Could I migrate back to KDE4? Would the process be something like slackpkg remove kde then reinstall kde4 from slackware 14.2?
I created two files that will help you with removing ktown packages from a Slackware 14.2 installation and re-installing the original KDE4: https://slackware.nl/alien-kde/KTOWN142.txt and https://slackware.nl/alien-kde/KTOWN142_DEPS.txt
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fair, expected, understandable.
good choice there Alien Bob.
Why not placing a README, warning about possible security issues, rather than removing the Ktown Plasma5 packages for Slackware 14.2 altogether?
As I said, you can download the complete repository to your local computer and if you use slackpkg with slackpkg+ you point it to your local copy.
I do not want to keep a repository online which does not get any attention or updates – the KDE developers all moved on and the versions of KDE Applications are no longer supported, Neither are the Frameworks/Plasma dependencies.
Worse, I noticed a topic on LinuxQuestions (https://www.linuxquestions.org/questions/slackware-14/vulnerabilities-of-kde-4-14-3-a-4175674302/) where people are actively suggesting that using my old ktown packages is better than sticking with the KDE4 in Slackware 14.2. I do not want to be responsible for that, as I would surely get follow-up support requests.
Thanks for the clarifications! How about KDE 4 in Slackware 14.2? If your 2017 KTown is already old, would you recommend not using KDE4, as well?
Pat provides security updates for the packages in Slackware 14.2 and that includes the KDE4 packages. Even when KDE4 is surpassed by Plasma5 you can still safely use KDE4 on Slackware 14.2.
People that have a need to use modern software that depends on Qt5, Plasma5 and/or newer libraries than Slackware 14.2 provides, may be better off migrating to Slackware-current instead. The -current is not an actual release and it has frequent updates, which means as a user you will be faced with a higher amount of time spent on maintenance. But it is a rock-solid system in its own right.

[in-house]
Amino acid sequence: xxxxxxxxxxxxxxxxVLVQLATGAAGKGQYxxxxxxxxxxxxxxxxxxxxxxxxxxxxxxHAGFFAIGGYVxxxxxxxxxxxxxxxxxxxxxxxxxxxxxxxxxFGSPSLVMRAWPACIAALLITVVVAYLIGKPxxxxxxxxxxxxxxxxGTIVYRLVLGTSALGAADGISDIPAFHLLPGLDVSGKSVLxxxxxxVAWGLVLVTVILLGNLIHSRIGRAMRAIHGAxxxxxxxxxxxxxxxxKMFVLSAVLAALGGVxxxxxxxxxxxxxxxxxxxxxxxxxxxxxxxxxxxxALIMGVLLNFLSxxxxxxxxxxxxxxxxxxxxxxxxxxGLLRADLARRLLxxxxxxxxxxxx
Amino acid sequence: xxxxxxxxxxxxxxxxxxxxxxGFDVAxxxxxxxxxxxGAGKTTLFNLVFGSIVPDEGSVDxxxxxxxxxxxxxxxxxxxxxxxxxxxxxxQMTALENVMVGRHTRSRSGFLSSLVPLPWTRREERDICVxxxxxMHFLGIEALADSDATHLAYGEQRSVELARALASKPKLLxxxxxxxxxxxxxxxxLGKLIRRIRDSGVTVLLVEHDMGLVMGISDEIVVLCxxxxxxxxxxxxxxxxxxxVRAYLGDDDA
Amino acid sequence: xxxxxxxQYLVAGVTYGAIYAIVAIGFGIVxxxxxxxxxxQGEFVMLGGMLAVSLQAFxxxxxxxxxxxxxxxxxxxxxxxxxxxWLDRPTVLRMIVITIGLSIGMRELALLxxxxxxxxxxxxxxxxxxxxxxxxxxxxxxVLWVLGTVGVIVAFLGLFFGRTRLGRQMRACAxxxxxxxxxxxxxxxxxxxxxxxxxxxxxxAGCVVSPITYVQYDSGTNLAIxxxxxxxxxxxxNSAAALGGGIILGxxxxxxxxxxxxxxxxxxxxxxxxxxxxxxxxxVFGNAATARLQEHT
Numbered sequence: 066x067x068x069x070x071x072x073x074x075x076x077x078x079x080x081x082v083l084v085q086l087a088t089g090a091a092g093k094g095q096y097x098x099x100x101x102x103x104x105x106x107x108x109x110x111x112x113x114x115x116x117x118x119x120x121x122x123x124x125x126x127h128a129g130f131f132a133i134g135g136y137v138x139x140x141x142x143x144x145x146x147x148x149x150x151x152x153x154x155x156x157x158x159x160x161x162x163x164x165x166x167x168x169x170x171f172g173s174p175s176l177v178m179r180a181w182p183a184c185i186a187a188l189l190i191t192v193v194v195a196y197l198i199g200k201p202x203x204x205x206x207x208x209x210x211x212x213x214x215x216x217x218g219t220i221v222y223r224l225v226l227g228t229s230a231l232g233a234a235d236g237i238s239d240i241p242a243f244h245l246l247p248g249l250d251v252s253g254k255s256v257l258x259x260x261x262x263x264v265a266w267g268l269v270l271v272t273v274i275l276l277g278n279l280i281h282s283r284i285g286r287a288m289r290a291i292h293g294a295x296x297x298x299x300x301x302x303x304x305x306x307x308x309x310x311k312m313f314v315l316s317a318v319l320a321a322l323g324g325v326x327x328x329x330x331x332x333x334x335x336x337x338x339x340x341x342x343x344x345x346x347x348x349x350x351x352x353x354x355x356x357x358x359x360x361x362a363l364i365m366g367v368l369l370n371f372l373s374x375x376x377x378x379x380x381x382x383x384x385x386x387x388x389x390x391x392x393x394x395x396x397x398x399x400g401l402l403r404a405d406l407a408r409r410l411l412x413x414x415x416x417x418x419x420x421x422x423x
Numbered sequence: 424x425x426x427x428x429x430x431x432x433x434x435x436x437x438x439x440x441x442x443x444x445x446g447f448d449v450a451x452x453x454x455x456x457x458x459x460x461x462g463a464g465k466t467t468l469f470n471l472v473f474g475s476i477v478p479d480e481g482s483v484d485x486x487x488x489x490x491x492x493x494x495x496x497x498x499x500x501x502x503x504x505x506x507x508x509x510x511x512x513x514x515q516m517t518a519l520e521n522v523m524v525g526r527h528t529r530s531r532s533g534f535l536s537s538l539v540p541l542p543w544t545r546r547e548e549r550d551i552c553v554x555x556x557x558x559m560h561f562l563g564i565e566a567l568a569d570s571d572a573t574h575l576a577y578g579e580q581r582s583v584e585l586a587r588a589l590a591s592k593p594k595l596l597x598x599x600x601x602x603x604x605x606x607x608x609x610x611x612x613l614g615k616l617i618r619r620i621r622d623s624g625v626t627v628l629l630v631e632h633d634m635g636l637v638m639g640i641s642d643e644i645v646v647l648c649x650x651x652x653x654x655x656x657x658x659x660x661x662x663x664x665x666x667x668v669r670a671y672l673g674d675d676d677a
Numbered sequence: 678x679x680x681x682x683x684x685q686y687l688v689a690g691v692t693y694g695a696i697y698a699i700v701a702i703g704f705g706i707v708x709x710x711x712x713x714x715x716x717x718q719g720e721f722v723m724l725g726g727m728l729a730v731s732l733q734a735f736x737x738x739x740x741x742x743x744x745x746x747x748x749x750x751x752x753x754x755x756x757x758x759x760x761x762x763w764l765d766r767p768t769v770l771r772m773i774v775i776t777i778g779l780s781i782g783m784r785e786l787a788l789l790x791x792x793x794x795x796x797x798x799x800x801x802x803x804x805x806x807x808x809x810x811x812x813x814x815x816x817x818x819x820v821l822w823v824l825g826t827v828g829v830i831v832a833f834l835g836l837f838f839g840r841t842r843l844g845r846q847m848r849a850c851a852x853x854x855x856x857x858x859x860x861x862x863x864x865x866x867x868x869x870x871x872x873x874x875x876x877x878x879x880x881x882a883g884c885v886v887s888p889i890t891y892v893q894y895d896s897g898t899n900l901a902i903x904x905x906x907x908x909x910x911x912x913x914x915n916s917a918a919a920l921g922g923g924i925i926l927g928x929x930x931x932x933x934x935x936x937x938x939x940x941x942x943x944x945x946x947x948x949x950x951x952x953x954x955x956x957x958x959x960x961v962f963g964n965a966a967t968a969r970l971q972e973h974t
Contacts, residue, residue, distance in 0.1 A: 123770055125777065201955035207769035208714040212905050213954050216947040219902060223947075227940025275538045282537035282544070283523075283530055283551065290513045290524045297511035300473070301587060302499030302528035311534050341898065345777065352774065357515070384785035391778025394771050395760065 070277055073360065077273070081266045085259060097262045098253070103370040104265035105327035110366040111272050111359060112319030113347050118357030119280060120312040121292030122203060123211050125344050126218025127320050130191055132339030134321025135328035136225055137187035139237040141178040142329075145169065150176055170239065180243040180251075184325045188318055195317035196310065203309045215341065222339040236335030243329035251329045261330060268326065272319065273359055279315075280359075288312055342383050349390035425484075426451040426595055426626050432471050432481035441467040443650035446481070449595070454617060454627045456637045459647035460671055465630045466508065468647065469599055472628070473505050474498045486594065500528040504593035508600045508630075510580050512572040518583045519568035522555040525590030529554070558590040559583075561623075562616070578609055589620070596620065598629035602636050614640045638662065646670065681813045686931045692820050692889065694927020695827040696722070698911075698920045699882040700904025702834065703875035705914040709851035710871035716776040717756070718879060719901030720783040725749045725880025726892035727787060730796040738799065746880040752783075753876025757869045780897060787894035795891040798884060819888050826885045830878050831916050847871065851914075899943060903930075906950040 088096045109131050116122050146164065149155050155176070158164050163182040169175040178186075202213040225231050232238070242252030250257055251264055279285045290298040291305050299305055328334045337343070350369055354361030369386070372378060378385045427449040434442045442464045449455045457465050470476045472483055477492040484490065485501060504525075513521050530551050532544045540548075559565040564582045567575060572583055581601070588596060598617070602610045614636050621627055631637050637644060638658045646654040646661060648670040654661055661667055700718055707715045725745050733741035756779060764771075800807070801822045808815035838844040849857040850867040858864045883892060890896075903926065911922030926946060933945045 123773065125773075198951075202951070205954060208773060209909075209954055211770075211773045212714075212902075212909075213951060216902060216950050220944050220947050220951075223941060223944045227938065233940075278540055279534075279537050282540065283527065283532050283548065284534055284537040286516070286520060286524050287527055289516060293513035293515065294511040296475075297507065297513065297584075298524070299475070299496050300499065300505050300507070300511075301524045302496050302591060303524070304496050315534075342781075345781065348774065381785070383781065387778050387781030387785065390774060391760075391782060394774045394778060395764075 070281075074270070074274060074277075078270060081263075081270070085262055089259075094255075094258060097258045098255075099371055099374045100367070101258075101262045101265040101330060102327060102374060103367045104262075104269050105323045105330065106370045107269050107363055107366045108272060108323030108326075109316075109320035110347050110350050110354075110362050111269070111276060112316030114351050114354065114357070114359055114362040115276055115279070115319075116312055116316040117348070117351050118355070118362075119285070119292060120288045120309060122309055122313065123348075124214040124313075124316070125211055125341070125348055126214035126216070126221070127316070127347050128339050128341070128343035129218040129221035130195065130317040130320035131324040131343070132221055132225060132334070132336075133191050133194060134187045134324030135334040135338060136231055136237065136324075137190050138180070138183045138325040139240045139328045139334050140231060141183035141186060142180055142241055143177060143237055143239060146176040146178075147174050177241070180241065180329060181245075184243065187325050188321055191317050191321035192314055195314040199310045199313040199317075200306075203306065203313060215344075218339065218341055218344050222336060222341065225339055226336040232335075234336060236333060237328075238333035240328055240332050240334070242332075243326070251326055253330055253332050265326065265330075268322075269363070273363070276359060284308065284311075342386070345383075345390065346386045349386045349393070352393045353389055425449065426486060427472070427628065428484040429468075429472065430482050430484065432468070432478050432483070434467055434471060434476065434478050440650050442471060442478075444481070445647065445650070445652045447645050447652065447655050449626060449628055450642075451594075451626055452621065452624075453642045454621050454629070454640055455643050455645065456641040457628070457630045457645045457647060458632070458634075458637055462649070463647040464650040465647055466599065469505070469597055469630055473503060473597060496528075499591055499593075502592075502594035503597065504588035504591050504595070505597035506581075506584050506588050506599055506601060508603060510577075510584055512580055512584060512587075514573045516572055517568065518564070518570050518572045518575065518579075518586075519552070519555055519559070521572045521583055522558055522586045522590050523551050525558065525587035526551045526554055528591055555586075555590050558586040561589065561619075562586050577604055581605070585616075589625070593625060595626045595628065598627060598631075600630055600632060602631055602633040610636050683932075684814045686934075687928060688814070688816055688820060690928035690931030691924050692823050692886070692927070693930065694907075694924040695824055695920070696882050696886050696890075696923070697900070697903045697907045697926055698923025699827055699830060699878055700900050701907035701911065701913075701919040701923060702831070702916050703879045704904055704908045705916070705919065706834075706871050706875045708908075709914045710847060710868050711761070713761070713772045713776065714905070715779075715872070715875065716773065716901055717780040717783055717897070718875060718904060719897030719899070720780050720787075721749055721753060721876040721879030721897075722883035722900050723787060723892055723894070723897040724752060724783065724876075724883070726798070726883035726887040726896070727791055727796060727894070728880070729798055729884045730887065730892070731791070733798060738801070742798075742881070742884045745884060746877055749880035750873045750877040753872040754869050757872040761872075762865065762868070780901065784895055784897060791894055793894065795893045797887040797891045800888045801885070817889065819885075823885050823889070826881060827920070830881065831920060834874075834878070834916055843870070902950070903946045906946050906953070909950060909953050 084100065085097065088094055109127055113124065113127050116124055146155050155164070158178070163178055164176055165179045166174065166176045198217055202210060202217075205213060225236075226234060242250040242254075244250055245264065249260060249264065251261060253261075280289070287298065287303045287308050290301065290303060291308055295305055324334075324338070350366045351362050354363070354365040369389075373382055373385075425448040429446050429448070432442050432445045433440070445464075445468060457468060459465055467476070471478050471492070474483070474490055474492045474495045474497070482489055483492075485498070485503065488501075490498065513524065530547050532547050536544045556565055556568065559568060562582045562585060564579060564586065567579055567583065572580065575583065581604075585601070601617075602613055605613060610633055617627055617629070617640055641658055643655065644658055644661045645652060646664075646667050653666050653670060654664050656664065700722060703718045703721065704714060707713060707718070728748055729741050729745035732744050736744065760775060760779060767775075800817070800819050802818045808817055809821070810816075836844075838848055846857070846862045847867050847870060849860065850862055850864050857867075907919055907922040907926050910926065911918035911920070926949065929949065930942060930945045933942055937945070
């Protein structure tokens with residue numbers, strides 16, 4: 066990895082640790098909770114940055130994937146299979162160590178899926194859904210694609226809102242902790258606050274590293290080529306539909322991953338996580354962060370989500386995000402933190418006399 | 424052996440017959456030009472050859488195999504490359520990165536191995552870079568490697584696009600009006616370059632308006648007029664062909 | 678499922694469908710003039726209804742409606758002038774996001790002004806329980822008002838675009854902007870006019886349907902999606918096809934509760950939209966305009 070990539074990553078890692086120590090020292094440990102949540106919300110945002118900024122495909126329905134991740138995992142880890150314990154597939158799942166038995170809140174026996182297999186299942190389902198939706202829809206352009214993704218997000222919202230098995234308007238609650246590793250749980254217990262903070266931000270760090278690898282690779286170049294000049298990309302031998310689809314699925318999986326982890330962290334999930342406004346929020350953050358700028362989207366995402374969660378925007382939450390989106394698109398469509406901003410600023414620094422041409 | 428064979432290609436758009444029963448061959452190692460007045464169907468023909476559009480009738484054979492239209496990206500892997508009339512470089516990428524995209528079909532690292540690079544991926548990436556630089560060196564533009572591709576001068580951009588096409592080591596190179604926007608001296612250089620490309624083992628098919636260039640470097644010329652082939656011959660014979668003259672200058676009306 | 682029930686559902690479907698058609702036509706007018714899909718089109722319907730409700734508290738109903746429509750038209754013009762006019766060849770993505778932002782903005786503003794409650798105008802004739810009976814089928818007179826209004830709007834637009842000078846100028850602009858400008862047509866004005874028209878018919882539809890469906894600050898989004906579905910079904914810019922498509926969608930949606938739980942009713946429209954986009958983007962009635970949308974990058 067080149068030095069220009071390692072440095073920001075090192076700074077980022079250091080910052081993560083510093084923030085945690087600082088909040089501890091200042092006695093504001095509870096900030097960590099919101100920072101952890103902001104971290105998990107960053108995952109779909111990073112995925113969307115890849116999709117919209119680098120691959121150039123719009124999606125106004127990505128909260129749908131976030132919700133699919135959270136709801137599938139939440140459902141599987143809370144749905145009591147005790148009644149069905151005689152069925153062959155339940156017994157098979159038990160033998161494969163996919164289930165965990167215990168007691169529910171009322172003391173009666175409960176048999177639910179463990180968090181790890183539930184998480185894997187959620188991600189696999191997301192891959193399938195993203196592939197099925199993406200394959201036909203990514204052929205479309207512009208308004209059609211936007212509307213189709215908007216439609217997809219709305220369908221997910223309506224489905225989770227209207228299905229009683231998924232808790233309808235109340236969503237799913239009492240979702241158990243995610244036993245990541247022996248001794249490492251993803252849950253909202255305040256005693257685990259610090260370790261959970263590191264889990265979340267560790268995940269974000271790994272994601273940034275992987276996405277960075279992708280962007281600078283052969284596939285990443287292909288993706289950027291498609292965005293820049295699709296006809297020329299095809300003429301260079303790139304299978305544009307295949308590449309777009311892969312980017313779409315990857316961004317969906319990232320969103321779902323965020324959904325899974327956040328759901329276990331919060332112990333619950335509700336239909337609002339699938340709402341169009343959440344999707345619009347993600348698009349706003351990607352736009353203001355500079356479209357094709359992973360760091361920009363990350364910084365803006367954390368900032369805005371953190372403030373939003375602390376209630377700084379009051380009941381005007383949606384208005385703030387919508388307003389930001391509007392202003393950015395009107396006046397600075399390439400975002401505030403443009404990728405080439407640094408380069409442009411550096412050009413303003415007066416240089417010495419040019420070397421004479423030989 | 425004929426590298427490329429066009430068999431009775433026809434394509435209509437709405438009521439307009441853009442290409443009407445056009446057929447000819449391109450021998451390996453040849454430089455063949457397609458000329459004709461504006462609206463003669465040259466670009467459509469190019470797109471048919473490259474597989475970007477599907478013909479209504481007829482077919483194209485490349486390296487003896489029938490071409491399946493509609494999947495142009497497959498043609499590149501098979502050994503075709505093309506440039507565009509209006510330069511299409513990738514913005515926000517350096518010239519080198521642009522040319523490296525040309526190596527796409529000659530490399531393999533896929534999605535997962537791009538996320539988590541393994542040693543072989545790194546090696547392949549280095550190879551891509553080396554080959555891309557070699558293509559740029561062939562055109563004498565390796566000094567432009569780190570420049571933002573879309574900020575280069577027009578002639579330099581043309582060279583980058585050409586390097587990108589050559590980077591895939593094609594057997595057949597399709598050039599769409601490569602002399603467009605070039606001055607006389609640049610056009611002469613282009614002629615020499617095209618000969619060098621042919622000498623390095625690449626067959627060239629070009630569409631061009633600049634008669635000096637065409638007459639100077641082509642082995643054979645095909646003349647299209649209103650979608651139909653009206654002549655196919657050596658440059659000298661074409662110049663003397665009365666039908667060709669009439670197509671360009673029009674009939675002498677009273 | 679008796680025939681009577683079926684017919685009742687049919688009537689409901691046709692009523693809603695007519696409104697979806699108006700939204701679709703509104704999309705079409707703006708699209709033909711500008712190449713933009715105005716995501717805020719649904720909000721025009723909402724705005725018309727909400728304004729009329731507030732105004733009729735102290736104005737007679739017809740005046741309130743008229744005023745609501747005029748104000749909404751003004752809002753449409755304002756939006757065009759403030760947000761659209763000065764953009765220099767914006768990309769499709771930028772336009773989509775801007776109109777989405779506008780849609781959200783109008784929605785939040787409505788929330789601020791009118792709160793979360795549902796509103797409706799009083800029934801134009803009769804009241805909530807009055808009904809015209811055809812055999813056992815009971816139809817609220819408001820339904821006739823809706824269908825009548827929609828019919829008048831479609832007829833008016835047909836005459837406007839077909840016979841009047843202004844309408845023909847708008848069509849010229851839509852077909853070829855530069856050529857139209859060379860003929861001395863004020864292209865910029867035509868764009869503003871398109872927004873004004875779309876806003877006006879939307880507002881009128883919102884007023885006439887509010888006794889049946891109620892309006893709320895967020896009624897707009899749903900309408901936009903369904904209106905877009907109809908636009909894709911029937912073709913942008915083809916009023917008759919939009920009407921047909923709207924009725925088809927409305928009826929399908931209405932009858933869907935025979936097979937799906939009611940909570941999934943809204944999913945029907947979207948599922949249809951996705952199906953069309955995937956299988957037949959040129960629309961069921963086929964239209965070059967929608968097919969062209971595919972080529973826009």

That’s the trade-off you need to make at the moment.
Thank you, all clear! Keep up the good work.
Thanks for the help, rolled back to kde4 perfectly. Gives me time to decide if I want to go the ‘current’ route.
I switched to -current to support the onboard video of a Ryzen 2400G CPU i had bought. I too was apprehensive at first, but I have found -current to be stable enough. I have since switched all of my machines running 14.2 to -current and haven’t looked back.
The most of problems I ever ran into were almost always upgrade related, usually because of a library version jump. I always used to break out in a sweat when I seen a boost or icu4c version jump. However; this is now rarely a problem because of the aaa_elflibs package keeping older library versions around, and Alien’s *-compat packages doing the same.
In the rare occurrence I did genuinely run into a problem, someone on the Slackware forum probably had already worked out a solution.
The -current git repo that you are maintaining on slackware.nl has a file related to git 2.17:
The original slackware-current source has the new one (the same version as the git in slackware-tree, 2.26)
I think this is a bug, but I am not sure.
Well, it (and several other .sign files) are a leftover from the initial days of writing http://www.slackware.com/~alien/tools/maintain_current_git.sh which is what keeps this git repository updated automatically.
I missed a couple of filetypes initially when pruning the repository in order to just keep the files that I wanted to commit to git. The .sign files got added to the repository in an early git commit.
I removed all of them in today’s update.
How to download the complete repository to my local computer ?
Max, after reading the README, if you still do not know the answer, let me know.